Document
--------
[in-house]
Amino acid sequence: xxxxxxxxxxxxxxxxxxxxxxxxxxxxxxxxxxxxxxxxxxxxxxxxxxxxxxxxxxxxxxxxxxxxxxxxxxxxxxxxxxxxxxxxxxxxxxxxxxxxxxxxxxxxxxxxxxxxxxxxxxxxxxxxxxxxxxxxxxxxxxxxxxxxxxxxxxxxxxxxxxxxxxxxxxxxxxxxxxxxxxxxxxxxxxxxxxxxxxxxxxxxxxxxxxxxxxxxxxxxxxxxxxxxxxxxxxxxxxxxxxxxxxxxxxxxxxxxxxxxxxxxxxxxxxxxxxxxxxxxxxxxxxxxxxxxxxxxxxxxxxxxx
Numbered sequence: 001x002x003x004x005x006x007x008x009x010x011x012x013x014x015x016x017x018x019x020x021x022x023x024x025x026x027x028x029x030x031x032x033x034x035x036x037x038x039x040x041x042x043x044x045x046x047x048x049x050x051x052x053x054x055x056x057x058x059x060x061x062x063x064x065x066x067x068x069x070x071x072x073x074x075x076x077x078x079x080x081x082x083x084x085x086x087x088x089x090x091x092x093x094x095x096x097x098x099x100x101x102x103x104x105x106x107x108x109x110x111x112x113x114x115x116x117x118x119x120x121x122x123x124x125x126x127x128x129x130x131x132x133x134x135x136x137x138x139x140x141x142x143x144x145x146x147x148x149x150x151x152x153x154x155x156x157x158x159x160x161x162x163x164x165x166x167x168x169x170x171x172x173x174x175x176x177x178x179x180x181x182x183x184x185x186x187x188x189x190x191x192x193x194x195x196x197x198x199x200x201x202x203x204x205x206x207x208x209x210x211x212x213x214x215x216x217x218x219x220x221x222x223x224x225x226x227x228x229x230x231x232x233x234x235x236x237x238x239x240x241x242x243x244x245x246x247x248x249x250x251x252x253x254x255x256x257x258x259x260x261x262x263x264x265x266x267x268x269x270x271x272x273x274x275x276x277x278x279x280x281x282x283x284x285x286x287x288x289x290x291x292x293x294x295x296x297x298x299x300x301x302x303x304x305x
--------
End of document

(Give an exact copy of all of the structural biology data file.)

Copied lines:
[in-house]
Amino acid sequence: xxxxxxxxxxxxxxxxxxxxxxxxxxxxxxxxxxxxxxxxxxxxxxxxxxxxxxxxxxxxxxxxxxxxxxxxxxxxxxxxxxxxxxxxxxxxxxxxxxxxxxxxxxxxxxxxxxxxxxxxxxxxxxxxxxxxxxxxxxxxxxxxxxxxxxxxxxxxxxxxxxxxxxxxxxxxxxxxxxxxxxxxxxxxxxxxxxxxxxxxxxxxxxxxxxxxxxxxxxxxxxxxxxxxxxxxxxxxxxxxxxxxxxxxxxxxxxxxxxxxxxxxxxxxxxxxxxxxxxxxxxxxxxxxxxxxxxxxxxxxxxxxx
Numbered sequence: 001x002x003x004x005x006x007x008x009x010x011x012x013x014x015x016x017x018x019x020x021x022x023x024x025x026x027x028x029x030x031x032x033x034x035x036x037x038x039x040x041x042x043x044x045x046x047x048x049x050x051x052x053x054x055x056x057x058x059x060x061x062x063x064x065x066x067x068x069x070x071x072x073x074x075x076x077x078x079x080x081x082x083x084x085x086x087x088x089x090x091x092x093x094x095x096x097x098x099x100x101x102x103x104x105x106x107x108x109x110x111x112x113x114x115x116x117x118x119x120x121x122x123x124x125x126x127x128x129x130x131x132x133x134x135x136x137x138x139x140x141x142x143x144x145x146x147x148x149x150x151x152x153x154x155x156x157x158x159x160x161x162x163x164x165x166x167x168x169x170x171x172x173x174x175x176x177x178x179x180x181x182x183x184x185x186x187x188x189x190x191x192x193x194x195x196x197x198x199x200x201x202x203x204x205x206x207x208x209x210x211x212x213x214x215x216x217x218x219x220x221x222x223x224x225x226x227x228x229x230x231x232x233x234x235x236x237x238x239x240x241x242x243x244x245x246x247x248x249x250x251x252x253x254x255x256x257x258x259x260x261x262x263x264x265x266x267x268x269x270x271x272x273x274x275x276x277x278x279x280x281x282x283x284x285x286x287x288x289x290x291x292x293x294x295x296x297x298x299x300x301x302x303x304x305x